Russian tactical nuclear missiles a US concern
Russia moved tactical nuclear warheads to within miles of its borders with NATO countries as recently as late spring, complicating US ties with Moscow, a report said Tuesday, as Congress mulled a new arms control treaty.
The Wall Street Journal cited US officials who described the movements and cautioned that they ran afoul of pledges Moscow made as early as 1991 to remove the weapons from outposts near Eastern European NATO allies such as Poland.
US diplomatic cables out of Moscow leaked just before the Journal report highlighted a flurry of negotiations between the two former Cold War adversaries over their nuclear stockpiles, tactical weapons and a controversial US-NATO missile defense system in countries that border Russia.
US Senator John McCain, the top Republican on the powerful Senate Armed Services Committee, said the report was cause for concern.
"It's very disturbing because it's a violation of a commitment they made back in 1991, and they did not inform us," McCain told AFP.
"It argues for a strict verification on any treaty, any agreement on which we're engaged."
The Russian deployment of the weapons -- which unnamed officials said has been expanded several times in recent years -- was being seen as an apparent hedge against the US-NATO missile defense system.
On Tuesday Russian President Dmitry Medvedev warned that failure by Russia and the West to agree on a new missile shield for Europe could spark "a new round of the arms race" that would see Moscow deploy new weapons systems.
Former US president George W. Bush agreed on a plan for the US anti-nuclear missile shield, in part to ward off any ballistic threat from Iran, that envisaged installation of interceptors and long-range missiles in Poland and a radar system in the Czech Republic.
But after Russia objected that its security was threatened, President Barack Obama modified the plans last year, opting for medium- and short-range missile interceptors in Poland.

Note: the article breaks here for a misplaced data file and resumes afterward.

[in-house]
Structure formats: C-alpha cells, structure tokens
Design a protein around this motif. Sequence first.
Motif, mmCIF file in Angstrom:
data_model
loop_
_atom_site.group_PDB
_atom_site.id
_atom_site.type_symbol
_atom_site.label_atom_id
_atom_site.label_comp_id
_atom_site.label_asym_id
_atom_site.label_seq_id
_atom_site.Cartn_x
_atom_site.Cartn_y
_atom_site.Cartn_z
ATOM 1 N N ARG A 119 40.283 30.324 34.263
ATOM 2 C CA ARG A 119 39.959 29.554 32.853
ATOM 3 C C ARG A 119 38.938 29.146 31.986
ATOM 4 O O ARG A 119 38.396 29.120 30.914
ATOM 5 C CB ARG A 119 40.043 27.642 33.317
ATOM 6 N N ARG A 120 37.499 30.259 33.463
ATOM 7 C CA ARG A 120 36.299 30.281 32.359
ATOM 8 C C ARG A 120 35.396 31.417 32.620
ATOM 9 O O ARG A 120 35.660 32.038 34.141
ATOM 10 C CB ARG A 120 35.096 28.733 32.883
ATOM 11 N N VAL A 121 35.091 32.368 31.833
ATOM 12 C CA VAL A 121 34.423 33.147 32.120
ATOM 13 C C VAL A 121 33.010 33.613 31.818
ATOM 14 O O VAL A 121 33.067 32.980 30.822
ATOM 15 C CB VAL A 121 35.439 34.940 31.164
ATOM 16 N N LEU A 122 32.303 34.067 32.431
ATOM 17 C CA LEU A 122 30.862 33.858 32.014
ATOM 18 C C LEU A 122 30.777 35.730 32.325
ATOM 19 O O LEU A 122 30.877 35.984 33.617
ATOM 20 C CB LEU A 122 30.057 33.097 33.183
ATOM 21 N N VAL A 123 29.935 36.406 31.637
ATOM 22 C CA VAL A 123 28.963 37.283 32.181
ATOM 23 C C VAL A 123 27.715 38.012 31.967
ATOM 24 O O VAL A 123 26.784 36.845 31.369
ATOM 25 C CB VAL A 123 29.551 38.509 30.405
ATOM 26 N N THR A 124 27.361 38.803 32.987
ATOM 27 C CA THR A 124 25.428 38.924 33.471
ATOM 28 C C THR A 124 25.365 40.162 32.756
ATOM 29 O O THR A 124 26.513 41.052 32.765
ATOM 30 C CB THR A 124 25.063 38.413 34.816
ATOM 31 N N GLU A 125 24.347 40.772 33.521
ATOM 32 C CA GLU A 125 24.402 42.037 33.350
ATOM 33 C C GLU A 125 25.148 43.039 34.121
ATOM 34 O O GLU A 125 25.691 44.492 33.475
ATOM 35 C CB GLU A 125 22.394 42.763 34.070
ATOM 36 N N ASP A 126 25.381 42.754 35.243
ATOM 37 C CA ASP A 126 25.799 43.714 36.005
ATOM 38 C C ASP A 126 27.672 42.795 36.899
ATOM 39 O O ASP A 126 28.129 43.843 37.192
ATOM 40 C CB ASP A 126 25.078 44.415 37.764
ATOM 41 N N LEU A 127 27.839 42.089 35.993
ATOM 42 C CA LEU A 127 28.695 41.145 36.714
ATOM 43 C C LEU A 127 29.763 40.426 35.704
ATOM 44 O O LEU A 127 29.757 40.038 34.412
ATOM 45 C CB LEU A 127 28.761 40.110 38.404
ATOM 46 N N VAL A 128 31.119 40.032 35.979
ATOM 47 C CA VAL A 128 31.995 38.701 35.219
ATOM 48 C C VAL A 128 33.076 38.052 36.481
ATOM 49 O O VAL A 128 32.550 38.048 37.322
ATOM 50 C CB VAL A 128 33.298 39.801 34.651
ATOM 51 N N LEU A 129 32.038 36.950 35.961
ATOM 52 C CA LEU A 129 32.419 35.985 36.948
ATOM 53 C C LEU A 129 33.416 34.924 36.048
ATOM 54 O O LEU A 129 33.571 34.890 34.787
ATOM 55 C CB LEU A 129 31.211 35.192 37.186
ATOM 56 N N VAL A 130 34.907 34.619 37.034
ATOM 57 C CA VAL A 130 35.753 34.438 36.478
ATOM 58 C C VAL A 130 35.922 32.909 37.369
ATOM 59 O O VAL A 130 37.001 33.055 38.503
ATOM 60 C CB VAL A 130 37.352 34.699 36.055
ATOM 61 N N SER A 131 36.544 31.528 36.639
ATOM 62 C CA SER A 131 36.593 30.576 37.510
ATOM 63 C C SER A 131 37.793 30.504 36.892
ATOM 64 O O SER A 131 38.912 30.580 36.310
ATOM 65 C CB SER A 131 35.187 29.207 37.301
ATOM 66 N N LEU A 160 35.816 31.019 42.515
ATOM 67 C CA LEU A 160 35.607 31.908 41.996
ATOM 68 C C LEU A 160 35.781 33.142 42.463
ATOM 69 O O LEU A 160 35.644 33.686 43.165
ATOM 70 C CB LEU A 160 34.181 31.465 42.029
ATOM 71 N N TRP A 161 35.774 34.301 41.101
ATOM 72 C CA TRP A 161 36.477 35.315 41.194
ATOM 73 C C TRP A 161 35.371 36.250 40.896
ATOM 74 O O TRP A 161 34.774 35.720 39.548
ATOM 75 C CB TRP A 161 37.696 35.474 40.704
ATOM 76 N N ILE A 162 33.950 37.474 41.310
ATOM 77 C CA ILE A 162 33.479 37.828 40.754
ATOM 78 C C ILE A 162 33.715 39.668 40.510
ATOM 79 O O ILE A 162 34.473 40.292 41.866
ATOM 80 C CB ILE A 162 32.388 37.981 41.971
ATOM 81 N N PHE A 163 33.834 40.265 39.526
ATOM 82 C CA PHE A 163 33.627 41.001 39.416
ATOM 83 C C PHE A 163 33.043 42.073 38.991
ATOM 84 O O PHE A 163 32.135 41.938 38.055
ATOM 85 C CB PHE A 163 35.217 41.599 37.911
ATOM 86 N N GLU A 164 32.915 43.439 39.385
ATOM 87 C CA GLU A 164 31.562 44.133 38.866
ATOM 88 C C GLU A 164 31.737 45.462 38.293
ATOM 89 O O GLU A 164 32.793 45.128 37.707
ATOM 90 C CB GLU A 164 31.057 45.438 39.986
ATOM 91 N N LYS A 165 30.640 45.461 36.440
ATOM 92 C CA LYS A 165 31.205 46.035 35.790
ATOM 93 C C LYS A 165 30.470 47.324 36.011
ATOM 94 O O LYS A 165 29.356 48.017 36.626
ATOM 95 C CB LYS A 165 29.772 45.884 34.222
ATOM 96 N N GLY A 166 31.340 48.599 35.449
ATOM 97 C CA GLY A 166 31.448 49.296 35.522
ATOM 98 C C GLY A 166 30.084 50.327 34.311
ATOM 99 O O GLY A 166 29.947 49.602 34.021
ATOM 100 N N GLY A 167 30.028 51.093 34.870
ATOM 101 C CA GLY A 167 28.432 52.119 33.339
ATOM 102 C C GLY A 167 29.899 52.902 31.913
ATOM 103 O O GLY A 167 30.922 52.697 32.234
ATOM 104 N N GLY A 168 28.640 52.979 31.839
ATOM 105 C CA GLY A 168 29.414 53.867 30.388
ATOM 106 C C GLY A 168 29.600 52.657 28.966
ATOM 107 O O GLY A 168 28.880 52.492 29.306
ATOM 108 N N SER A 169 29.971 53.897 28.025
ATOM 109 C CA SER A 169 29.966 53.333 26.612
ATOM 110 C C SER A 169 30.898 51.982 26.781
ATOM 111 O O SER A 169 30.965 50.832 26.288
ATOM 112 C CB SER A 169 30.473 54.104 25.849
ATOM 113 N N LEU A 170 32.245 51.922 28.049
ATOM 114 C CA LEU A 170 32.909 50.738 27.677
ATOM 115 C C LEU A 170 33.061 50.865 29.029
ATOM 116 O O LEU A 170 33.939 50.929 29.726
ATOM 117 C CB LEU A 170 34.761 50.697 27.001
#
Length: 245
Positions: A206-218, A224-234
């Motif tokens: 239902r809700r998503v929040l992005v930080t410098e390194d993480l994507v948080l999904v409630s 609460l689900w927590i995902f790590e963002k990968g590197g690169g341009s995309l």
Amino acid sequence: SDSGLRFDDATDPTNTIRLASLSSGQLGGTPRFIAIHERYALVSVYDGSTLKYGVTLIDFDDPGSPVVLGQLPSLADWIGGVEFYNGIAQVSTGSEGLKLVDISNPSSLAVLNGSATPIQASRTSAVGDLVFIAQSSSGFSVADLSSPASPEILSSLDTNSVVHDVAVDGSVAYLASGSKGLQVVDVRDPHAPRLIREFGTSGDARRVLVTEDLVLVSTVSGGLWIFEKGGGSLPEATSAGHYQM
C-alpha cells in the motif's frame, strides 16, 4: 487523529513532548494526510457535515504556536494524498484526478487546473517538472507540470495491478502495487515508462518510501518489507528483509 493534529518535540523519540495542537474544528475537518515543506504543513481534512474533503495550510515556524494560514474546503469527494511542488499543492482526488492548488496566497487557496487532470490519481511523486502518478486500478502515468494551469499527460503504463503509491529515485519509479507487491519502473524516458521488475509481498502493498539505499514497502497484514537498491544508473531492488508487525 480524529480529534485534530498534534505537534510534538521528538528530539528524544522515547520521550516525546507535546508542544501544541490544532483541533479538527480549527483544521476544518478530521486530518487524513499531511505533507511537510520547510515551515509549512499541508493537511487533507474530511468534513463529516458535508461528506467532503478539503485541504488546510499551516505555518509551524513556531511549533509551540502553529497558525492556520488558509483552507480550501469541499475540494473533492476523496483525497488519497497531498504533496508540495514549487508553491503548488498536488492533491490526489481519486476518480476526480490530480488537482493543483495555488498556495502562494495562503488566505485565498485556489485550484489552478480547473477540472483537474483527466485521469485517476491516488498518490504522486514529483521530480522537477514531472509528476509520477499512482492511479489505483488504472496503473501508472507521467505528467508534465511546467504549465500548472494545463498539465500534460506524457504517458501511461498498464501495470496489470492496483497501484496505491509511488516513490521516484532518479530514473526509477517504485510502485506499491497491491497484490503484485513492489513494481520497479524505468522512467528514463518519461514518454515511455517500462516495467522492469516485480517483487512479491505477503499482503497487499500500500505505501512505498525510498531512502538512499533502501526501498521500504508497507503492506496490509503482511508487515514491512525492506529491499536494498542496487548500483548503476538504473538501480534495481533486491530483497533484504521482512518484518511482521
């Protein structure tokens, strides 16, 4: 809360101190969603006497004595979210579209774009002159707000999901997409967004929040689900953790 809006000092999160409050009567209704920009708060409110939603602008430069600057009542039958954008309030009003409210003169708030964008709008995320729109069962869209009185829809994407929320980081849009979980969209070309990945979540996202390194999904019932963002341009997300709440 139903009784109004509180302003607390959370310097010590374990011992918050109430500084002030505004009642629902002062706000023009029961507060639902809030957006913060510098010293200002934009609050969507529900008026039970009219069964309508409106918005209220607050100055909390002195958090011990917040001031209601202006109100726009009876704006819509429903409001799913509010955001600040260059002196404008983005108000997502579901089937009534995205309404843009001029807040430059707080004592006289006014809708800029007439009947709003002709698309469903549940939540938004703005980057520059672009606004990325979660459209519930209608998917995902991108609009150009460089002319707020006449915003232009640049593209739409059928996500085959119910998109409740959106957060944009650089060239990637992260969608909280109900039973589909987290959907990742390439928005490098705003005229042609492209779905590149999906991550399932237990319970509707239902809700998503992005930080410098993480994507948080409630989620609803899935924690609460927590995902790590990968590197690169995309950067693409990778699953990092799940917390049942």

US diplomatic cables divulged recently by WikiLeaks suggested tensions last year over the missile defense shield.
In an April 2009 cable, a US official wrote that Russia warned it "would put missiles in Kaliningrad," a Russian enclave between Poland and Lithuania, as a countermeasures against the US-NATO shield.
A top Russian commander on Tuesday dismissed the Journal report, which mentioned a Kaliningrad deployment.
"We never deployed any nuclear missiles in the Kaliningrad region," Chief of the General Staff commander Nikolai Makarov said, the RIA Novosti news agency reported.
Officials told the Journal that warming ties between Obama and Medvedev had fostered cooperation in vital areas, but regional suspicions remained high.
Some foreign officials have stressed that the movements could pose a graver danger than larger, strategic nuclear weapons that come under the new Strategic Arms Reduction Treaty, or New START, according to the Journal report.
Lithuanian Foreign Minister Audronius Azubalis raised his concerns directly with US Secretary of State Hillary Clinton, the paper said.
"Being a NATO member, of course, someone could say, 'Don't worry.' But when you're living in the neighborhood, you should always be more cautious," the Journal quoted Azubalis as saying.
He added that US officials "expressed worry but they also don't know too much" about the location of the tactical weapons or how they are kept.
US officials said they believe the most recent Russian deployment occurred in late spring, around the time a US Patriot missile battery was installed in Poland in May, according to the report.
One unnamed US official told the Journal that US and Russian negotiators sought to address tactical weapons, but only after the new treaty goes into effect.
"If we don't ratify START, we're not going to be able to negotiate on tactical nuclear weapons," the official said.
US Republicans, emboldened by their recent victory in legislative elections, have voiced opposition to Senate ratification of New START, which in addition to allowing for US verification of Russian compliance would reduce the nuclear arsenals of both countries.
Republicans have signaled they will block a vote on the landmark treaty this year, handing Obama a defeat on a foreign policy priority he described as "absolutely essential to our national security."
On Tuesday McCain stressed that he hoped the Obama administration could could "resolve" conservative concerns about the treaty so it could be approved by the Senate by year end.
© 2010 AFP